Overview

Distribution

Range Description

This species is found in southern Thailand, Malaysia, Indonesia (Sumatra, Borneo) and Brunei (Duckworth et al. 2006). Confusion about the existence of this species on Java is due to an error in the original description, which is occasionally still repeated today, e.g. by Wilson and Reeder (2005), where the holotype was said to come from Java (Duckworth et al. 2006). An individual from southern Thailand was collected at Khao Chong, Trang Province (Lekagul and McNeely 1977), also recently recorded records (about 5) extend the known range farther north (Specimen in Thailand Institute of Science and Technical Research), up to 10 degrees North Latitude (Duckworth et al. 2006). This species was recorded from Kerinci Seblat National Park in Sumatra in 1994, at altitudes of 400 m and 800 m (Franklin and Wells, 2005). Attitudinally wide-ranging, with records up to 1,700 m (Payne et al. 1985, Duckworth et al. 2006), with many records up to 1,400 m (Duckworth et al. 2006). There are wide-spread records of this species on Borneo, across the island both historically and recently, as well as on Sumatra (Duckworth et al. 2006).
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Ecology

Habitat

Habitat and Ecology

Habitat and Ecology
Little is known about the habitat and ecology of this species, though it is probably similar to other weasels in that it is ground-dwelling and so potentially exposed to generalised snaring and other forms of trapping. However, the distribution of recent records in deforested areas, even urban sites, indicate a high tolerance to human activities (Duckworth et al. 2006). Little is known about the habitat and ecology of this species, though it is probably similar to other weasels in that it is ground-dwelling and so potentially exposed to generalised snaring and other forms of trapping. However, the distribution of recent records in deforested areas, even urban sites, indicate a high tolerance to human activities (Duckworth et al. 2006).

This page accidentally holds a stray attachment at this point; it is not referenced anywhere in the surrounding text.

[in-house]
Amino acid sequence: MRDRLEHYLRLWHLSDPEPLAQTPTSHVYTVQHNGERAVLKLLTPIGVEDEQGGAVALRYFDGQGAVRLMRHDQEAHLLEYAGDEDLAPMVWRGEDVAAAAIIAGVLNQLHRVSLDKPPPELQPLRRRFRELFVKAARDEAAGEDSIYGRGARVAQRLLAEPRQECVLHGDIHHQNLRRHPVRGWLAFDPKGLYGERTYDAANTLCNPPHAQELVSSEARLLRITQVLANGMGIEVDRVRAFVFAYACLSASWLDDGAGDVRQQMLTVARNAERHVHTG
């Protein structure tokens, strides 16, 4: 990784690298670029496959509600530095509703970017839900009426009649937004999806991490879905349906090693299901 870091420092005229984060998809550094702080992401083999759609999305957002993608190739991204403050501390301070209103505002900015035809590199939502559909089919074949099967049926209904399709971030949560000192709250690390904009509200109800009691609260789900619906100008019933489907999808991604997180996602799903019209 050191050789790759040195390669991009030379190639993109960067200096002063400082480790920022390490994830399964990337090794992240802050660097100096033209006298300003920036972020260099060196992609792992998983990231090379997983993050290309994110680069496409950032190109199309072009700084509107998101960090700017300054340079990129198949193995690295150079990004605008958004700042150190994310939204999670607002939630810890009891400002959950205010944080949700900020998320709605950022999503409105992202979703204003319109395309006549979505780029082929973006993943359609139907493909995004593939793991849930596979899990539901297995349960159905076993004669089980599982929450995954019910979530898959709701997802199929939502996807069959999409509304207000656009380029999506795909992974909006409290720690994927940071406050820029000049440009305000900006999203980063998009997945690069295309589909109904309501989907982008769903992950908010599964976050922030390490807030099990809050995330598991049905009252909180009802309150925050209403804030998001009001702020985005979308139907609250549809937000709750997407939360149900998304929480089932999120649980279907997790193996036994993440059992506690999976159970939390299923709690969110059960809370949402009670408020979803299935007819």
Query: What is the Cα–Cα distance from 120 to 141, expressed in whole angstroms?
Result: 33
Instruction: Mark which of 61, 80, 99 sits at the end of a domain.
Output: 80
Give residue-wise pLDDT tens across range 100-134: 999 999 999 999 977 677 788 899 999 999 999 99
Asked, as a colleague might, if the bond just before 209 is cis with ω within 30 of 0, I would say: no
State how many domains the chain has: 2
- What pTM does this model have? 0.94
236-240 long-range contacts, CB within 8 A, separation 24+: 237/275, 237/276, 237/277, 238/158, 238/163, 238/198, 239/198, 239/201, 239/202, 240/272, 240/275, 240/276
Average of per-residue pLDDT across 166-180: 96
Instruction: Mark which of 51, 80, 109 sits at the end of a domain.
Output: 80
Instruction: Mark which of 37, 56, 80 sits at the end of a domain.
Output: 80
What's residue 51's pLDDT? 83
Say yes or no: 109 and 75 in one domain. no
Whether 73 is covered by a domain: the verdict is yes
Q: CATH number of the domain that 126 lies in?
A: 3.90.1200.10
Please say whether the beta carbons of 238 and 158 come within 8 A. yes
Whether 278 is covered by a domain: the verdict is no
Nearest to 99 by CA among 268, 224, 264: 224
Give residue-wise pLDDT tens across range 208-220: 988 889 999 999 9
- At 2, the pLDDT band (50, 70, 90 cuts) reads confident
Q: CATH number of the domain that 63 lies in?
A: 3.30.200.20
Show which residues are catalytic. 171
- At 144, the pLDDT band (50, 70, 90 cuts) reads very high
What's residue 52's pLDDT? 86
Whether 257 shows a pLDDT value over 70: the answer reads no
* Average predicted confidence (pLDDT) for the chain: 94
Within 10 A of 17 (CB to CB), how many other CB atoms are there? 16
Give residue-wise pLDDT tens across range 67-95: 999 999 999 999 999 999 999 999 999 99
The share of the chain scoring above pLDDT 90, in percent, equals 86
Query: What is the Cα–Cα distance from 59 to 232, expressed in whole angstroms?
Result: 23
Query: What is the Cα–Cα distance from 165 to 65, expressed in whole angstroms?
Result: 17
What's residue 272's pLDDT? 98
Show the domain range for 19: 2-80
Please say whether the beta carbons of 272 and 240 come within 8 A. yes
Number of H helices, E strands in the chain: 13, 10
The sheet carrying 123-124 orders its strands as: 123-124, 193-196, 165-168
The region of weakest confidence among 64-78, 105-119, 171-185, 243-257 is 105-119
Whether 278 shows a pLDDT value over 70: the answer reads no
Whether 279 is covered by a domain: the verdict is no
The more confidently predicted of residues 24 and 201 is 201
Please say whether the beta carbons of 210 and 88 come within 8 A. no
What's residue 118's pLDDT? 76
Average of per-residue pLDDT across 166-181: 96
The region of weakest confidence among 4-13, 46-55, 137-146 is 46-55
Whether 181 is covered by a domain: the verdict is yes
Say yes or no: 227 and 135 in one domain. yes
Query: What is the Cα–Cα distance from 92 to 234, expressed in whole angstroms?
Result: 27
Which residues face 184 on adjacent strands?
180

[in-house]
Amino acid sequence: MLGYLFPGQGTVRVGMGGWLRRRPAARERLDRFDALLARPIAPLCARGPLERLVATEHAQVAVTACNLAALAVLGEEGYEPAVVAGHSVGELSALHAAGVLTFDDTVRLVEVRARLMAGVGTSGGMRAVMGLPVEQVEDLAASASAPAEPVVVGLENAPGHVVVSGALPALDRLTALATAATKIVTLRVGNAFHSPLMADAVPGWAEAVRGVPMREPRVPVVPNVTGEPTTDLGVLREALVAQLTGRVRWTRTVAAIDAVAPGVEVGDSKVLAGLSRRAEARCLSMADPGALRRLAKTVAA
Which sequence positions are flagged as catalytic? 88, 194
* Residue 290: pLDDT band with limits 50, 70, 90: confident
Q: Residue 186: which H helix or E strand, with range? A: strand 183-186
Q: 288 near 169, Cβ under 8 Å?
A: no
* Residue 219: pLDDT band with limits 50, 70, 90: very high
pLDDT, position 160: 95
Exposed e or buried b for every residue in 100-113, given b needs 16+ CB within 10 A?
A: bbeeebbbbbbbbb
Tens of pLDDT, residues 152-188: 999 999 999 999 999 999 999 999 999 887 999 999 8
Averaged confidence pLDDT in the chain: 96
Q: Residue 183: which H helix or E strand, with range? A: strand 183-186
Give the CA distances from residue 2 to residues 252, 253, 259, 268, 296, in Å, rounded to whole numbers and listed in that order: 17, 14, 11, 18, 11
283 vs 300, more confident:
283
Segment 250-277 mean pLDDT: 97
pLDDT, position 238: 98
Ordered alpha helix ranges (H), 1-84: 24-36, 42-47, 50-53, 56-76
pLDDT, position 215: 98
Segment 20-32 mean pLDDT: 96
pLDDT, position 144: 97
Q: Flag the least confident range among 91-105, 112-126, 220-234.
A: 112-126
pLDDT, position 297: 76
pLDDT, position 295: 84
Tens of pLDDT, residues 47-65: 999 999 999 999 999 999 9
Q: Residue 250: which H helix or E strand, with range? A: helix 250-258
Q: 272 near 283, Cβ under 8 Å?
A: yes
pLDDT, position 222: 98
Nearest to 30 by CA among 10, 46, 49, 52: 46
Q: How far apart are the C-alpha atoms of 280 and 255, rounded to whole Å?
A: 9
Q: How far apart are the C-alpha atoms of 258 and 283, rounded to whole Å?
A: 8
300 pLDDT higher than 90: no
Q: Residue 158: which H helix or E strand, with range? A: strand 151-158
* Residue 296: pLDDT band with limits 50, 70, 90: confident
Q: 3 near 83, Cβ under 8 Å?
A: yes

Systems
  • Terrestrial
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Conservation

Conservation Status

IUCN Red List Assessment


Red List Category
LC
Least Concern

Red List Criteria

Version
3.1

Year Assessed
2008

Assessor/s
Duckworth, J.W. & Kanchanasaka, B.

Reviewer/s
Belant, J. (Small Carnivore Red List Authority) & Schipper, J. (Global Mammal Assessment Team)

Contributor/s

Justification
This species is listed as Least Concern, as it has widely been reported outside forest, and ascends to much higher altitudes than those at which the current punishing levels of forest conversion are taking place in the Greater Sundas, such that a population decline at sufficient rates even for Near Threatened cannot be inferred on habitat trends. No direct major threats to the species are known or suspected.
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Population

Population
There are no studies on this species, however, it appears to be widespread but difficult to see, at low density, and/or patchily distributed. This species has not been camera trapped regularly, as there is currently only one known record of camera trapping within the range, and the aggregate camera-trapping at known sites suggests that as currently used camera-traps are not an efficient way to find the species (Duckworth et al. 2006).

Population Trend
Decreasing
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Threats

Major Threats
Currently no major threats to this species have been traced. It is eaten in parts of Sarawak and there is some evidence of medicinal use, but no evidence that these activities are major threats (Duckworth et al. 2006)..
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Management

Conservation Actions

Conservation Actions
This species is protected in Thailand, Peninsular Malaysia and Sabah, but not in Sarawak nor in Indonesia (based ARCBC database). This species has been reported from many protected areas within its range (Duckworth et al. (2006).
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Wikipedia

Malayan weasel

The Malayan weasel (Mustela nudipes) is a species of weasel. It lives in Brunei, Indonesia, Malaysia, and Thailand. It is rated "Least Concern" by the IUCN Red List. Malayan weasels have a body length of 12–14 inches (30–36 cm) and a tail length of 9.4–10.2 inches (24–26 cm). The body is reddish-brown to grayish-white. The head is a much lighter color than the rest of the body. There is no hair on the soles of the feet around the pads.

Not much is known about its breeding habits, but a litter of four has been recorded.

There are two subspecies of the Malayan weasel:

  • M. n.nudipes
  • M. n. leucocephalus

References

  1. ^ Duckworth, J.W. & Kanchanasaka, B. (2008). Mustela nudipes. In: IUCN 2008. IUCN Red List of Threatened Species. Retrieved 21 March 2009. Database entry includes a brief justification of why this species is of least concern
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